Mathematical sequences are ordered sets of numbers --well,
usually-- which may be finite or infinite.
Sequences of numbers may be bounded (from below or above), monotonic
increasing or decreasing.
They may be convergent, divergent or oscillatory.
These are all properties of number sequences which do, however, not
name the sequences themselves.
It may be argued, that there is no need for such naming, since it is
the definition of the manner in which the elements follow one another which
matters, or the explicit rule for calculating their numbers by means of a
formula in which only the letter n occurs with or without one or
Strictly speaking, this is true, just as there is no need to give names to
the chemical elements in the periodic table, but also these chemical
elements have names which makes speaking about them easier.
And, while the names of atoms are not substantive at all, those of
molecules are, whether or not in addition to some traditional name.
Names may, indeed, be useless and appeal to feelings which are little
scientific (if not antiscientific), but good, clear names can and should
stress structure and enhance structural thinking in a disciplinary field
There is an essential difference between defining a sequence of
numbers and developing a formula for the calculation of its numbers.
(I will return to this issue below.)
But both the definition and the calculation make use of one or more
mathematical operations, unless the values of the terms in the sequence
happen to be utterly random, which is not the type of 'ordering'
i* will be concerned with
Hence, it should at least be possible to call sequences after the type of
mathematical operation used to form them.
But constants and indices can be important too, and the number with which
a sequence starts.
They all provide the material for substantive sequence names.
I will use these names in a number of articles in the present folder of
mathematical notes and papers.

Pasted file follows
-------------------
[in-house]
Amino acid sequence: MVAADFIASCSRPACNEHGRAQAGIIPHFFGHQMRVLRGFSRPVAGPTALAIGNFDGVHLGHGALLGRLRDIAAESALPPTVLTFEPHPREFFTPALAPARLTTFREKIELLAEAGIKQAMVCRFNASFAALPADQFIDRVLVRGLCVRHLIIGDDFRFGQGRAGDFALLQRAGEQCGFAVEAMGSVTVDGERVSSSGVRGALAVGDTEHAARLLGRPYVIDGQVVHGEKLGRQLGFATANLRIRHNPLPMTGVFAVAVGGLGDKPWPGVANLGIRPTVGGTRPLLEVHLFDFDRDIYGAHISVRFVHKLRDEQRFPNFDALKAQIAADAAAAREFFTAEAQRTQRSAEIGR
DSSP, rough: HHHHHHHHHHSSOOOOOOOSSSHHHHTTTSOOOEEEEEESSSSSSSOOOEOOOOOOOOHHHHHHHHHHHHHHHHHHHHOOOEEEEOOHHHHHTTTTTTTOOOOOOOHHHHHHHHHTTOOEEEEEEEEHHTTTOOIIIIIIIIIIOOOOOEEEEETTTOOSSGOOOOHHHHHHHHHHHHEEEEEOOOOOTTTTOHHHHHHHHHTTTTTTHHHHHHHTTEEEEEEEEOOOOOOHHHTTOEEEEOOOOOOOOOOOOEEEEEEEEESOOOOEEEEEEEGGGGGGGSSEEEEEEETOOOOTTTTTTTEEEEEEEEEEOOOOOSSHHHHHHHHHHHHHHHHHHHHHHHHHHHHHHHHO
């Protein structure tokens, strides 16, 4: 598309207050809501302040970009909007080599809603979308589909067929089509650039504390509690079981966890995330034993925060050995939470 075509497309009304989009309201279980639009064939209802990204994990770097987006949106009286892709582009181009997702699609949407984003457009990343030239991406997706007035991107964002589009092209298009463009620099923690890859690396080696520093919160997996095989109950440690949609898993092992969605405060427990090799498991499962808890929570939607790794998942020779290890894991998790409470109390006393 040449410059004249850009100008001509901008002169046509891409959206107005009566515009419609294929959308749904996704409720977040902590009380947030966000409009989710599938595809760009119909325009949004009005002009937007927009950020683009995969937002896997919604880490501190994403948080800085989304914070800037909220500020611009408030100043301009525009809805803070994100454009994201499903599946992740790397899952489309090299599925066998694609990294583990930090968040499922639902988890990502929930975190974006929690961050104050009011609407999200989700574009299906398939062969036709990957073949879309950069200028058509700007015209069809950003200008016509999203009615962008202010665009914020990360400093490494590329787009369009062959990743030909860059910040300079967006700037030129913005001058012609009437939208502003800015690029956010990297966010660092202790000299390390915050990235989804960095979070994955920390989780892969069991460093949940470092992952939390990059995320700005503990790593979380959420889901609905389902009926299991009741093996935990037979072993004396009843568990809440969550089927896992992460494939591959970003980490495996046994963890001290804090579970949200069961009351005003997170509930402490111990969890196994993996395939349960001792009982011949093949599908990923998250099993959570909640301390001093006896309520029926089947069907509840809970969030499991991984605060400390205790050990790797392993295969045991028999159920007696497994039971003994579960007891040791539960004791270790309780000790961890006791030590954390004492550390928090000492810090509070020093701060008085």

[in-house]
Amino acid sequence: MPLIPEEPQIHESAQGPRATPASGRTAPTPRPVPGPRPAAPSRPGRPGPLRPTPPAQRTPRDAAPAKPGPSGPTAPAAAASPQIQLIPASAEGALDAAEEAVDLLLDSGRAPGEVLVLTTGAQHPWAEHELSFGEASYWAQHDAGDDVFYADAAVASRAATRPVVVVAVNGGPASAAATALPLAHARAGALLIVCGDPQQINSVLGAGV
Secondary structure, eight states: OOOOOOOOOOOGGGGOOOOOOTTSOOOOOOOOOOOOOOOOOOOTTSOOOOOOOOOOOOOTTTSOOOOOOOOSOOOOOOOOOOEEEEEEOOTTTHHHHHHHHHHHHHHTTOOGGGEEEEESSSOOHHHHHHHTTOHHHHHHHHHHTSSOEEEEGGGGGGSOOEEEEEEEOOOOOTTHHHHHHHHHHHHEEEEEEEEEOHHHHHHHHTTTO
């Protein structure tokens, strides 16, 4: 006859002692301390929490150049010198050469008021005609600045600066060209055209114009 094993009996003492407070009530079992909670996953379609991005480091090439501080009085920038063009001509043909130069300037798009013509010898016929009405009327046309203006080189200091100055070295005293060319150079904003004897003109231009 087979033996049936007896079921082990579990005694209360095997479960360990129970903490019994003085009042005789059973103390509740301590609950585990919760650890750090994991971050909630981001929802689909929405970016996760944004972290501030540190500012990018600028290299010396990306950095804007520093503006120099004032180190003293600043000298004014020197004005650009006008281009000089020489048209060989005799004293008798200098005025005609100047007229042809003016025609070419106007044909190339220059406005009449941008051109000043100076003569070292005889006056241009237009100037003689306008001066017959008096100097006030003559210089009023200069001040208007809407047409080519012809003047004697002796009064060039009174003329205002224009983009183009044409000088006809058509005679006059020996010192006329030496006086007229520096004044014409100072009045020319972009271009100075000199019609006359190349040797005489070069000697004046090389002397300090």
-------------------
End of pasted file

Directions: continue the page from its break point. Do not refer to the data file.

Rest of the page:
Instead of having to explain them every time again, i hope this article
will suffice and save me and the reader space and time.
ADDITION, MULTIPLICATION AND INVOLUTION SEQUENCES
The mathematical operations on the lower levels of reiteration are
addition on the zeroth level, reiterative addition, that is,
multiplication, on the first level and reiterative multiplication, that is,
involution, on the second level with their inverses.
If O is the operation, then sequences can be created on the basis of
the formula xn+1=O(xn).
In my general, substantive terminology for sequences i shall speak of
"addition", "multiplication" and "involution
sequences" dependent on the type of mathematical operation necessary to
obtain a new term from one or more previous terms.
The pivot of an addition sequence is the addend (or 'summand'); the
pivot of a multiplication sequence the factor; and the pivot of an
involution sequence the power.
Traditionally an addition sequence is called "an arithmetic sequence" and
the addend "the common difference"; the multiplication sequence is called
"a geometric sequence" and the factor "the common ratio".
But there it stops: in this terminology there is no notion of a
theoretically unlimited number of levels of reiteration for mathematical
The use of arithmetic and geometric in this context is also
In a sense an involution sequence is more 'geometric' than a
multiplication sequence, if we associate addition with one-dimensional,
multiplication with two-dimensional and involution with three-dimensional
space (or any space with three or more dimensions).
Moreover, the terms common difference and ratio are not given
from a definitional point of view but rather from the point of view of
someone who tries to find the regularity in the sequence after it has been
The addend may simply be 1, it may also be the number before the previous
number, or something more complicated for which it makes little sense to
speak of "the addend".
An 'addend-a sequence' is an addition sequence of which the
addend is a.
For example, the sequence 1, 2, 3, 4, ... of natural numbers is an addend-1
addition sequence defined by
xn+1=xn+1, n≥1 and
The formula xn=n amounts to the same in calculations, but
is not a definition formula.
The sequence 2, 4, 6, ... of even natural numbers is an
addend-2 sequence defined by
n≥1 and x1=2.
The calculation formula xn=2n amounts to the same.
A 'factor-f sequence' is a multiplication sequence of which
the factor is f.
For example, the sequence 1, 2, 4, 8, ... is a factor-2 multiplication
sequence defined by
and x1=1, the sequence 1, 3, 9, 27, ... a factor-3